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If I can't be at work and have classes with my group, and I wan't to ask my colleague to substitute for me. Can I ask:

Can you have classes with my group?

Can you teach my classes?

Thank you!

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    In the UK, 'Can you please take my classes tomorrow?' would be the normal way of putting this. 'Can you please cover my classes tomorrow(?)' could also be used, but would normally be addressed to the person whose job it was to arrange cover. Questions like this are probably better asked on the sister site, ELL, Manolya. – Edwin Ashworth Jun 14 '14 at 13:58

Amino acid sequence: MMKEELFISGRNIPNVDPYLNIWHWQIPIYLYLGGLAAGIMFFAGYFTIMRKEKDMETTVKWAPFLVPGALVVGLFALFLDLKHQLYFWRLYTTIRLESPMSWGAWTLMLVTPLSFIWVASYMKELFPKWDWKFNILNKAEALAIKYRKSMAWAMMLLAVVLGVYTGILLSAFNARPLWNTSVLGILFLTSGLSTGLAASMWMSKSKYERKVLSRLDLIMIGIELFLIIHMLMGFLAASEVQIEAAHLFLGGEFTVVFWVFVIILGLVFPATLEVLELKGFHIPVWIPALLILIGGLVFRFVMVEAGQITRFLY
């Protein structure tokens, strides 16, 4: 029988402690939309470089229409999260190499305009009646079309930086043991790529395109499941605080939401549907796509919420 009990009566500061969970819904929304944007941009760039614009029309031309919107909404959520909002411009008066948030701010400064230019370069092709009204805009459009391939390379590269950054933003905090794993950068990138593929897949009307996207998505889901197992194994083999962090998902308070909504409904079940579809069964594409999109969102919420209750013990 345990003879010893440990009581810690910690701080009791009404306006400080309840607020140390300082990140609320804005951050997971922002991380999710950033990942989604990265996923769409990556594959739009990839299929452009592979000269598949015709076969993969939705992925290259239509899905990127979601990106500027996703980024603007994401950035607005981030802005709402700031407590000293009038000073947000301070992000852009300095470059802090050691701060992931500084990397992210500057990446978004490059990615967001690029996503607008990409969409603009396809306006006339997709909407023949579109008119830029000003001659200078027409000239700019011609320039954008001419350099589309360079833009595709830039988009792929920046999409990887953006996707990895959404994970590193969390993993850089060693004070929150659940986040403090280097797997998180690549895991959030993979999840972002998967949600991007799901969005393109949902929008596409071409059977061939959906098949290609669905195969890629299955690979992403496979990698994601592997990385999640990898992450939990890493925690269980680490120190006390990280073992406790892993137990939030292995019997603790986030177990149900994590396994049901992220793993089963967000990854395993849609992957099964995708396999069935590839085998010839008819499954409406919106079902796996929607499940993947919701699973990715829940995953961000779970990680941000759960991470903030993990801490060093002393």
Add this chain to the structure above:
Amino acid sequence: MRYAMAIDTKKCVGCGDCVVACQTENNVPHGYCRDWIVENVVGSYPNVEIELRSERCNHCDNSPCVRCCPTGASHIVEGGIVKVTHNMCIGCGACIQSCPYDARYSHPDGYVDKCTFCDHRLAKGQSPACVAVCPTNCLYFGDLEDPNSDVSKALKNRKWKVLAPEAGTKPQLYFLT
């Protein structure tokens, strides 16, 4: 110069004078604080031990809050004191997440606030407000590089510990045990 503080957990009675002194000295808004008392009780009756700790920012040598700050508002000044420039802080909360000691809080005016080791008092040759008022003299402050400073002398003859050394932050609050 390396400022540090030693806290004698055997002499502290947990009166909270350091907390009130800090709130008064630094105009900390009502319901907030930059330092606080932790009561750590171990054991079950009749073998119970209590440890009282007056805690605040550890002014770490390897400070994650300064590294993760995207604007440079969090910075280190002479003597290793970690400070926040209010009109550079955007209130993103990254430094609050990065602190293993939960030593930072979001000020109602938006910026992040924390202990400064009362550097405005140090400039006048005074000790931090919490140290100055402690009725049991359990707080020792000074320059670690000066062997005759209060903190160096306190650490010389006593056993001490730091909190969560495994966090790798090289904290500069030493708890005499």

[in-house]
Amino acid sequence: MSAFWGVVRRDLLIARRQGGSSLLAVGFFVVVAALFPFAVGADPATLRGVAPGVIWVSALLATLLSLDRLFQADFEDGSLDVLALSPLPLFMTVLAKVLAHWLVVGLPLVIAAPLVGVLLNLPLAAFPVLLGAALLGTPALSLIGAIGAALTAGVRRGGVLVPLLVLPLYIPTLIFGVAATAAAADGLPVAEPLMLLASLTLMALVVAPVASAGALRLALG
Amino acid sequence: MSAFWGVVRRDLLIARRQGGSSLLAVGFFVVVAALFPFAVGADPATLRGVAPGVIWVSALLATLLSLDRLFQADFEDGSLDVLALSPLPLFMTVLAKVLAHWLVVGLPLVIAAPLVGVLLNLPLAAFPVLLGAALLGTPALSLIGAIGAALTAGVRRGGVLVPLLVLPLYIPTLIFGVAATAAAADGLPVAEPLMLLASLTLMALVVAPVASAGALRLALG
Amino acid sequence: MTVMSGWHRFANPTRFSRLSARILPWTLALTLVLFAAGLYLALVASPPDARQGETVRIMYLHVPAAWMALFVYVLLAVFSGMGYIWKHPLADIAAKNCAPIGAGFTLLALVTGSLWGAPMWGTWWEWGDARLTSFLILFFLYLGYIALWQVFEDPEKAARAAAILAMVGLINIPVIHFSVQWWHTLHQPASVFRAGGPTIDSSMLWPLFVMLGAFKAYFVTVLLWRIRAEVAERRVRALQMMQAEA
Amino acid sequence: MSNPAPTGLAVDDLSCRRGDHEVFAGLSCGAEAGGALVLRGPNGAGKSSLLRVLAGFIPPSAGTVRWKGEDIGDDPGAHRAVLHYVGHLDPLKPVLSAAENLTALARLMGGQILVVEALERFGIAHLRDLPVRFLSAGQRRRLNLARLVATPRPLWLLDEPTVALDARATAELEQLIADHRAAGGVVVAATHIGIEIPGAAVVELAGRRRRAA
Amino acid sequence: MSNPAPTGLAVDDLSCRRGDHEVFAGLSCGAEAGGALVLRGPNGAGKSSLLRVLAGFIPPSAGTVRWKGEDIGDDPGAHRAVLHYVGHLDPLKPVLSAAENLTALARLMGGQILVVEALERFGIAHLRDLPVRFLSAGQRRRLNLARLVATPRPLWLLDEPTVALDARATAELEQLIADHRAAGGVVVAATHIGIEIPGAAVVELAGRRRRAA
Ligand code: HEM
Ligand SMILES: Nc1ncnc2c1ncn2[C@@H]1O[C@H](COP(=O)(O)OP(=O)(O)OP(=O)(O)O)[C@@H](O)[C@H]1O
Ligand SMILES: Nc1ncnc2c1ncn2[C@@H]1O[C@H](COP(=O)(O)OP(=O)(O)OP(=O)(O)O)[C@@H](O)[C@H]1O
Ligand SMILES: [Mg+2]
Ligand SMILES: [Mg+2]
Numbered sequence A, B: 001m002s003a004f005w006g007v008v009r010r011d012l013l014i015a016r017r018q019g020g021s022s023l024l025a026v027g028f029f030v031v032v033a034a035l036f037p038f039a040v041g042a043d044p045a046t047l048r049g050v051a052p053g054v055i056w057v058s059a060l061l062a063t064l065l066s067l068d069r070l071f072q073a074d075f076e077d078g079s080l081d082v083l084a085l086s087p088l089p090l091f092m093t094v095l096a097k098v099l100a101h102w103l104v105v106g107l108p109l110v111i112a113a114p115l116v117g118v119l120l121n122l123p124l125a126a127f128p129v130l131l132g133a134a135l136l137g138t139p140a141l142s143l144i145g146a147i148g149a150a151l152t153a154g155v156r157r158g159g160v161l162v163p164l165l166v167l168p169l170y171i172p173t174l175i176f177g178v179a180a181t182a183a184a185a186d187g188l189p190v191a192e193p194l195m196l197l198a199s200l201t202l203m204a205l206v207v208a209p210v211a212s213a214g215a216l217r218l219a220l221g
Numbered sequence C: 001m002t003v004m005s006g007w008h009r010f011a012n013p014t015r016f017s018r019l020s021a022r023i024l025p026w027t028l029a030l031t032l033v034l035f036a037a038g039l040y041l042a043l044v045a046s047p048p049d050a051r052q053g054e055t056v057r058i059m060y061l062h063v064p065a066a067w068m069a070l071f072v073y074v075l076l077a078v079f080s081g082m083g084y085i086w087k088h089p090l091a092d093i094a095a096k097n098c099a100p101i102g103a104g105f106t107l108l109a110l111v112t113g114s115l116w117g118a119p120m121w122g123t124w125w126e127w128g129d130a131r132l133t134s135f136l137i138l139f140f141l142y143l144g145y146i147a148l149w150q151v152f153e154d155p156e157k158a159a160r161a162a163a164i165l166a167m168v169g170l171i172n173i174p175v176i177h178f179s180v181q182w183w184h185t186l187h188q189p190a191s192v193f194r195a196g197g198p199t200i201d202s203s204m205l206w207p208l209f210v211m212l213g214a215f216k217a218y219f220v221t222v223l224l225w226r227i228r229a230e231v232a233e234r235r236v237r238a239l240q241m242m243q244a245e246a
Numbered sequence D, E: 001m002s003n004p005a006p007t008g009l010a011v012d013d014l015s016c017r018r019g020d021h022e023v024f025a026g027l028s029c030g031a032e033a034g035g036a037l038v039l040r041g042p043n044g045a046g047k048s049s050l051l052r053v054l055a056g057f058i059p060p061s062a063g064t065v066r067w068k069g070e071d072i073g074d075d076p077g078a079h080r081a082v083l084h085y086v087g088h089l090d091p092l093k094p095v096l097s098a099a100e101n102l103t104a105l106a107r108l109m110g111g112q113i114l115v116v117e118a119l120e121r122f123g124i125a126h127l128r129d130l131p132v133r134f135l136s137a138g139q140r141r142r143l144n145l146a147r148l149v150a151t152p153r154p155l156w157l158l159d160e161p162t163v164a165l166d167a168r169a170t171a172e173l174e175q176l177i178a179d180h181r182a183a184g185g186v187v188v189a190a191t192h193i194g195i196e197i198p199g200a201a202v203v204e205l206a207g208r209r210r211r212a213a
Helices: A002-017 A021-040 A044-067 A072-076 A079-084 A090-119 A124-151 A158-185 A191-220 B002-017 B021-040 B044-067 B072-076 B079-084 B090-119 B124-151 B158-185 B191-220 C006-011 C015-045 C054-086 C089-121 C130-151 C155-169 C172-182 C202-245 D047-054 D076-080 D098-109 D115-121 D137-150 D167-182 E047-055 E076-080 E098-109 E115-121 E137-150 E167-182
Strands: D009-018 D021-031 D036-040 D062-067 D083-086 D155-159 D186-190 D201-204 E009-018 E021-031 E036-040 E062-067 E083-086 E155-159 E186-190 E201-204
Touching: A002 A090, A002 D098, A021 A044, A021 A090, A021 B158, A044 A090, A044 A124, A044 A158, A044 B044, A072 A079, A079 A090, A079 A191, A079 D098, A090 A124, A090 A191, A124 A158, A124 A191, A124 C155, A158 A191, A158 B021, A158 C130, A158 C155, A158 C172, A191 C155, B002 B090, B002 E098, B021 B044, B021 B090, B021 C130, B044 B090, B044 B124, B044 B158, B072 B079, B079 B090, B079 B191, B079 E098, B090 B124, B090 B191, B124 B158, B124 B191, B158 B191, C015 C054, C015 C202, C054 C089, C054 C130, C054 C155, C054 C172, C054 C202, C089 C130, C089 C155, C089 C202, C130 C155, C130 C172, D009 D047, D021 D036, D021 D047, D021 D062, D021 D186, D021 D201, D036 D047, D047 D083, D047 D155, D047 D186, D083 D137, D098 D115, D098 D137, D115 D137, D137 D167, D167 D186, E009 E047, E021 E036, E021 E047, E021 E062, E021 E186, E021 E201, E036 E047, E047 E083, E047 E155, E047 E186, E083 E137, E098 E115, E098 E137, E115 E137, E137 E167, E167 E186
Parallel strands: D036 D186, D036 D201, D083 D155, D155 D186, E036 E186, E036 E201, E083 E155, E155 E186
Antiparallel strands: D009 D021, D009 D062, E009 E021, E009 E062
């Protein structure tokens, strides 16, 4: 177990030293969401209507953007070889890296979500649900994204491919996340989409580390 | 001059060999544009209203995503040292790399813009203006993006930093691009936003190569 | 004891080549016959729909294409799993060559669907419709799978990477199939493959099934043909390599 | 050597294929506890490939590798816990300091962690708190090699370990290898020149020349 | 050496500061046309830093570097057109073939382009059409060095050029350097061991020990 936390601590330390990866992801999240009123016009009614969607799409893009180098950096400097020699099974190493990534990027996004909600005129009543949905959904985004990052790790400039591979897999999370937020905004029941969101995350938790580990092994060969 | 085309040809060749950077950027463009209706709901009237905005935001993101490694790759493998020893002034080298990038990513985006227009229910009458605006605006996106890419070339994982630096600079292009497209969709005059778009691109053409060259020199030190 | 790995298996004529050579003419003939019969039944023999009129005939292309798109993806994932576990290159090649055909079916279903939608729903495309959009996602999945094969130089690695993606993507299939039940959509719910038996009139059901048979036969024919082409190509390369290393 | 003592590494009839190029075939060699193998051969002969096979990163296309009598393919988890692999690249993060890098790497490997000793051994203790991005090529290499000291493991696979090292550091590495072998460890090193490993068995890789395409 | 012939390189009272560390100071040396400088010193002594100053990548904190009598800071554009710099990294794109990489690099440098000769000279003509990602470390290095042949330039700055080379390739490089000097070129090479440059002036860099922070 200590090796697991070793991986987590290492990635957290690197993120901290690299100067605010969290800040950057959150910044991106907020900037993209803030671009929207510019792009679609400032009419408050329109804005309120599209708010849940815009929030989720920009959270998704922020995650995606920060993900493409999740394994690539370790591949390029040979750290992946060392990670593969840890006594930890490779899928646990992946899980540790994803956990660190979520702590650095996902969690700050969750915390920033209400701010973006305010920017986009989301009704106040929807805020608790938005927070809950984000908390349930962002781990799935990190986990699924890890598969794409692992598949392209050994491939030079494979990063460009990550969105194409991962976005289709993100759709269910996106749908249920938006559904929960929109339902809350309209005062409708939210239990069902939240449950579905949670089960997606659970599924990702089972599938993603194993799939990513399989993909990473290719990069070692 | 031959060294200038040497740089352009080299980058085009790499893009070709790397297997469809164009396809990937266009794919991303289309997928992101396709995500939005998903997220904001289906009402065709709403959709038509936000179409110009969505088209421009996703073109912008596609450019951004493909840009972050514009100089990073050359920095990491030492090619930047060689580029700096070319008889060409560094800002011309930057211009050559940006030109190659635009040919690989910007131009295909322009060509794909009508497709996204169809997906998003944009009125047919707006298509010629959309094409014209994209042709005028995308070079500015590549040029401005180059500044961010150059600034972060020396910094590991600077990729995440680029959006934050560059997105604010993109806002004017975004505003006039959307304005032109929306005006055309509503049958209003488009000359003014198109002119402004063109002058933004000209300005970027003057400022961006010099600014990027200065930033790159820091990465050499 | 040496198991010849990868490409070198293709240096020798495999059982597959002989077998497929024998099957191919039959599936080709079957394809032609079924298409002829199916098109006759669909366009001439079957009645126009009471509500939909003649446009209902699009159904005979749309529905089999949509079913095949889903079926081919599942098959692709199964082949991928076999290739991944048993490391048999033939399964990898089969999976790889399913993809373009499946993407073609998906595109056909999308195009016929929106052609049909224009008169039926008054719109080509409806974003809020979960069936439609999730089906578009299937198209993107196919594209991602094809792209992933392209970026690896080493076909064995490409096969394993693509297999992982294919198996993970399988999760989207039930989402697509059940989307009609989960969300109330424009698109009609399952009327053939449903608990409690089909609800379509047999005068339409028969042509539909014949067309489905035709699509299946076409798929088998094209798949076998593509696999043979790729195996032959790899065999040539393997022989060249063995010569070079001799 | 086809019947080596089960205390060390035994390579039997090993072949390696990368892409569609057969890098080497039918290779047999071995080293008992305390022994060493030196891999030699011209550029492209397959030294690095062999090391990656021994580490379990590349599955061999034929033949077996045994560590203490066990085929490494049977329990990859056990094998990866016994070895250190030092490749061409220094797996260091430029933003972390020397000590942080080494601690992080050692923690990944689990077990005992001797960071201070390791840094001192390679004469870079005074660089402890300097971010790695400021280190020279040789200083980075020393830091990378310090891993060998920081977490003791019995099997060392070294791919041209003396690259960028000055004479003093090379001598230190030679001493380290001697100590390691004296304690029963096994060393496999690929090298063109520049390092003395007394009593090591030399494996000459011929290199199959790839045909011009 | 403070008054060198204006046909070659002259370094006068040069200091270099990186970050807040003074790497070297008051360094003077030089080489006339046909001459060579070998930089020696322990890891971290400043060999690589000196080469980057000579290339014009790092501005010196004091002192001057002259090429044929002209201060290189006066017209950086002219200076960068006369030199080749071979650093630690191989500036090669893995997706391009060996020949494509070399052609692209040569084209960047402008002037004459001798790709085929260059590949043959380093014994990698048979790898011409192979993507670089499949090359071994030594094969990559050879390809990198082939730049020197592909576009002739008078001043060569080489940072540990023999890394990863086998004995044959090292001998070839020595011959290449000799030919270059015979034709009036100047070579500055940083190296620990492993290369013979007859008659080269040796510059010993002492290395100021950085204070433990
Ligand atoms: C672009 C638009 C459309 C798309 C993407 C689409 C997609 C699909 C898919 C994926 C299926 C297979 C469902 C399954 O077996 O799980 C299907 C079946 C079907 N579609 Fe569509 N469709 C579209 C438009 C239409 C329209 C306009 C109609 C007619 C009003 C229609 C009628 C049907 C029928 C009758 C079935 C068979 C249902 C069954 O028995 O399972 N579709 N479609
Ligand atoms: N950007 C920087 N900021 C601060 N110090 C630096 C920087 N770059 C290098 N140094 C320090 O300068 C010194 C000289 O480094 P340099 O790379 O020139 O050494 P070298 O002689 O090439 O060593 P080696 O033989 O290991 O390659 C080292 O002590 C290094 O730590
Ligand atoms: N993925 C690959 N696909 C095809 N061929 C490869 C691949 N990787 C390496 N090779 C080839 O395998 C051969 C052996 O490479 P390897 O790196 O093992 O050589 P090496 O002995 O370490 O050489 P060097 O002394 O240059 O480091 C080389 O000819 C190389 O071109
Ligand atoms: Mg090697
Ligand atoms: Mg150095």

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I would think that 'have classes' would mean attending classes as a student whereas in this case the correct usage would be 'teach' my classes.

| improve this answer | |
  • Welcome to EL&U. While this is true in general conversation, among instructors it's not at all uncommon to say I have class (or I have a class) to indicate that they will attend class— though to teach, rather than learn. It is analogous to having an appointment, and so a chef might excuse herself because she has dinner at 5 (to prepare, not consume), a director because he has rehearsal at 5 (to direct, not rehearse himself), and so on. – choster Jun 14 '14 at 16:29

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